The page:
PEI has recently added 100 new nurses to their health system and has invested into the creation of a multi-year recruitment and retention program.

“We cannot afford to lose any more of our workers or graduates, but what is the Higgs government doing to keep them here? The importance of retention is often overlooked but it is vital to the stability of our healthcare system,” says the Opposition Leader. “Premier Kenney in Alberta is currently proposing a wage decrease to their nurses, has Premier Higgs considered recruiting the disgruntled nurses from Alberta by offering them positions in New Brunswick?”


Low healthcare funding

With neighboring provinces often offering higher salaries and incentive packages, New Brunswick is at a disadvantage in terms of recruiting new nurses and retaining nursing graduates. The total provincial spending increase for salaries within the hospital system rose only 0.3% in 2018-2019 and represents the smallest increase in the last 12 years.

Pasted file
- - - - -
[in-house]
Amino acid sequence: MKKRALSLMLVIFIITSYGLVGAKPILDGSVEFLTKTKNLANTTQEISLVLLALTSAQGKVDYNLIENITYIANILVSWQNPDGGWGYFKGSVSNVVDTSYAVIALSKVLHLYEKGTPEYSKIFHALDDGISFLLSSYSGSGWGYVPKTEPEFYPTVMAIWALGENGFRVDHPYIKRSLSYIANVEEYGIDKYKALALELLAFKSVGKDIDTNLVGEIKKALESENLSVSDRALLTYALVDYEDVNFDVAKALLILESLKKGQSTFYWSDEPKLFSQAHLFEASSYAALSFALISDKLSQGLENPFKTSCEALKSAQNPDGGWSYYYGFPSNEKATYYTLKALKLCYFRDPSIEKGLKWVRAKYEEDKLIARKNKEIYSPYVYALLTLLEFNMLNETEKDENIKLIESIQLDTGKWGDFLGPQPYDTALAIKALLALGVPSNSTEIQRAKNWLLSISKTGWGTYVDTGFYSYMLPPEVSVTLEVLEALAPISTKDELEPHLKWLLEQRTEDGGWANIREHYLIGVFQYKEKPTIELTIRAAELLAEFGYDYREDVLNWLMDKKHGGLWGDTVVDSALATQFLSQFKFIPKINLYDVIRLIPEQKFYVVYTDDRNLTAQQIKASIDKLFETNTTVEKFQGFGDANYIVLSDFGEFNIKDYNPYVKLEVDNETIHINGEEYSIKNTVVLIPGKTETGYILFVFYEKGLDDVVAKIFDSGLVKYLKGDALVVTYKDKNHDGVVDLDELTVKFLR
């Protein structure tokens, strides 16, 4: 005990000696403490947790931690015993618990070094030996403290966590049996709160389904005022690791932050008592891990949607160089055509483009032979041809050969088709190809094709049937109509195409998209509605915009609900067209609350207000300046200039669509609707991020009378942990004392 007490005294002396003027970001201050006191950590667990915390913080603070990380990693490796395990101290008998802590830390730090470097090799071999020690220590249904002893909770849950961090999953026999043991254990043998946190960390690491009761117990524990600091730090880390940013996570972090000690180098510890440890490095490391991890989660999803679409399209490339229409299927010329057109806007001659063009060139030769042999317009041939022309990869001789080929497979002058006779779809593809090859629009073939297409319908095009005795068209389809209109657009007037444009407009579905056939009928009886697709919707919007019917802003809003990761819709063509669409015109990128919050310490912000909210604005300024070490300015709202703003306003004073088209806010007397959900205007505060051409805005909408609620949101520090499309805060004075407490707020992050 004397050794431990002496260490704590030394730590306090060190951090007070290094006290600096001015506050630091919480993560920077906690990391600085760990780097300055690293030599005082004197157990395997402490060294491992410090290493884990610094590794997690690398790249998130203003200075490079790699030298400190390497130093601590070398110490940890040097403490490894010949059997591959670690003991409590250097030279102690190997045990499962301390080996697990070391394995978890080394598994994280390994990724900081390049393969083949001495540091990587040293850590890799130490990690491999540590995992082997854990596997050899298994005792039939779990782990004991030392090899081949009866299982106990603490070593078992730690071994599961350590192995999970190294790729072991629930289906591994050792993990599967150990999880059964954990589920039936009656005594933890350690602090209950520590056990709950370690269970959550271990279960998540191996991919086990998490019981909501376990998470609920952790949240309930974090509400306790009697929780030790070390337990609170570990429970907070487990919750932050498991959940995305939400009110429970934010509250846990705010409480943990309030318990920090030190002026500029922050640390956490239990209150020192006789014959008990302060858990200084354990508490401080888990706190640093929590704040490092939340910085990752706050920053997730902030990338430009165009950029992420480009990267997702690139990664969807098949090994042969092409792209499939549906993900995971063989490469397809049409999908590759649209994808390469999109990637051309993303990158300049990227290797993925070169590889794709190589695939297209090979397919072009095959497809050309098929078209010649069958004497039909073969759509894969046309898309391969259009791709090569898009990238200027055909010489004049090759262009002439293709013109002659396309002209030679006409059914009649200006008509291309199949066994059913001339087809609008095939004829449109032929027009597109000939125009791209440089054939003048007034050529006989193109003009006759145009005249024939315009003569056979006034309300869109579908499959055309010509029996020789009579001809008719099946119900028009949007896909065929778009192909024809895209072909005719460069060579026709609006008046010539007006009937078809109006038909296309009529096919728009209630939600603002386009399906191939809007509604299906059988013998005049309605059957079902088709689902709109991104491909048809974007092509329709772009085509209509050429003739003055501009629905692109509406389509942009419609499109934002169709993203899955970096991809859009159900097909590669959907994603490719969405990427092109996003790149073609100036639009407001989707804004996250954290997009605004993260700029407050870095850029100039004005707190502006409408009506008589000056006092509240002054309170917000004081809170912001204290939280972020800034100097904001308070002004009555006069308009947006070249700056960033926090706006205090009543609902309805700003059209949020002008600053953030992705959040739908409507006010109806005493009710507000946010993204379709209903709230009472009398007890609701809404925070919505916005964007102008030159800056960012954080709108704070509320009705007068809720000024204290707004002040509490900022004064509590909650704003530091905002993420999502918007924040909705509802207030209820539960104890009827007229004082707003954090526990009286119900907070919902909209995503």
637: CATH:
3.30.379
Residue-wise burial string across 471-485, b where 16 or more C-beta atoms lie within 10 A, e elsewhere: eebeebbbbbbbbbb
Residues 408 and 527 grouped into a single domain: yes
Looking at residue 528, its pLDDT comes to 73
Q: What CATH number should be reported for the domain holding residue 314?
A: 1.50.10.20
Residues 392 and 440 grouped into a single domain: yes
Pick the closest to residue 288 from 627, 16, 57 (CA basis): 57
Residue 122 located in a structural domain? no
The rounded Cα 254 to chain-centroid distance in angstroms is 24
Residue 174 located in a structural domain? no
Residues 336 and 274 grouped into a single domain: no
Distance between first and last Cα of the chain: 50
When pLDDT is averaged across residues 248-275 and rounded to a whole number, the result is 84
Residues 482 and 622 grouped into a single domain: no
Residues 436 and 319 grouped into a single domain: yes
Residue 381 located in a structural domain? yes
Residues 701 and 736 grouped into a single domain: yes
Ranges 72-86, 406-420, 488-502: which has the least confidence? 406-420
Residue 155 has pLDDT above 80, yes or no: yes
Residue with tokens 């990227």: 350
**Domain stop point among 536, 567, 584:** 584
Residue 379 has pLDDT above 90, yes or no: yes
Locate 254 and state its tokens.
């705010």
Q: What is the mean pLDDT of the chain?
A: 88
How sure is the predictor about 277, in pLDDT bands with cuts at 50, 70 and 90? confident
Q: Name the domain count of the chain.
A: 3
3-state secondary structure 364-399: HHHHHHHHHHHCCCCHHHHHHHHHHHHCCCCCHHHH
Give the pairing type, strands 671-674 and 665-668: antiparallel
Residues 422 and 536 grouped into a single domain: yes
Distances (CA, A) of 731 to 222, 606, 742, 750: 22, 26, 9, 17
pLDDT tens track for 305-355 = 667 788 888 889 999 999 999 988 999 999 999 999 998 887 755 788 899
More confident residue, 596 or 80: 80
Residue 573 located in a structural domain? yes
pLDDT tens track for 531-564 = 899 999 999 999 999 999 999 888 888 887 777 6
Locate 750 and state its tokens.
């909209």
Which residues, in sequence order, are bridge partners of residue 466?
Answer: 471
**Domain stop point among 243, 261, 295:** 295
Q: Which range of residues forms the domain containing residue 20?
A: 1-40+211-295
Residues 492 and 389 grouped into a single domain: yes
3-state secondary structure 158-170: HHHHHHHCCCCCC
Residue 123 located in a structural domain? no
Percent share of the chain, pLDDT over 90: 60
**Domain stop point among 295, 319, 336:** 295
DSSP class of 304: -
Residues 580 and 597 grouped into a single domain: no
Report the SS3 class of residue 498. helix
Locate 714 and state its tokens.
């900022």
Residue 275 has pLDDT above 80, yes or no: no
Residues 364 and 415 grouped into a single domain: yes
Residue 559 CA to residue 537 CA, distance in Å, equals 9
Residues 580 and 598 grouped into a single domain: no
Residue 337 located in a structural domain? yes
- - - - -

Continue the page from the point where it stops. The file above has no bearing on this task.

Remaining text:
“When will the Premier realize the situation cannot be addressed without providing fair and competitive wages. Having a ‘my way or the highway’ approach during contract negotiations does not sell the province as a great place to live and work” says Melanson. “Competitive salaries and incentive packages are investments into the health of New Brunswickers and the stability of our healthcare system.”


The New Brunswick Medical Society has also identified low healthcare funding as a challenge currently facing our healthcare system. New Brunswick has the lowest per capita health expenditures in the Atlantic provinces.


The lack of a proper healthcare resource strategy

In June 2019, the former Minister of Health Ted Flemming released a 10-year nursing resource strategy that aimed to recruit 130 nurses a year. This strategy included 21 very vague action items for which we have seen little to no progress.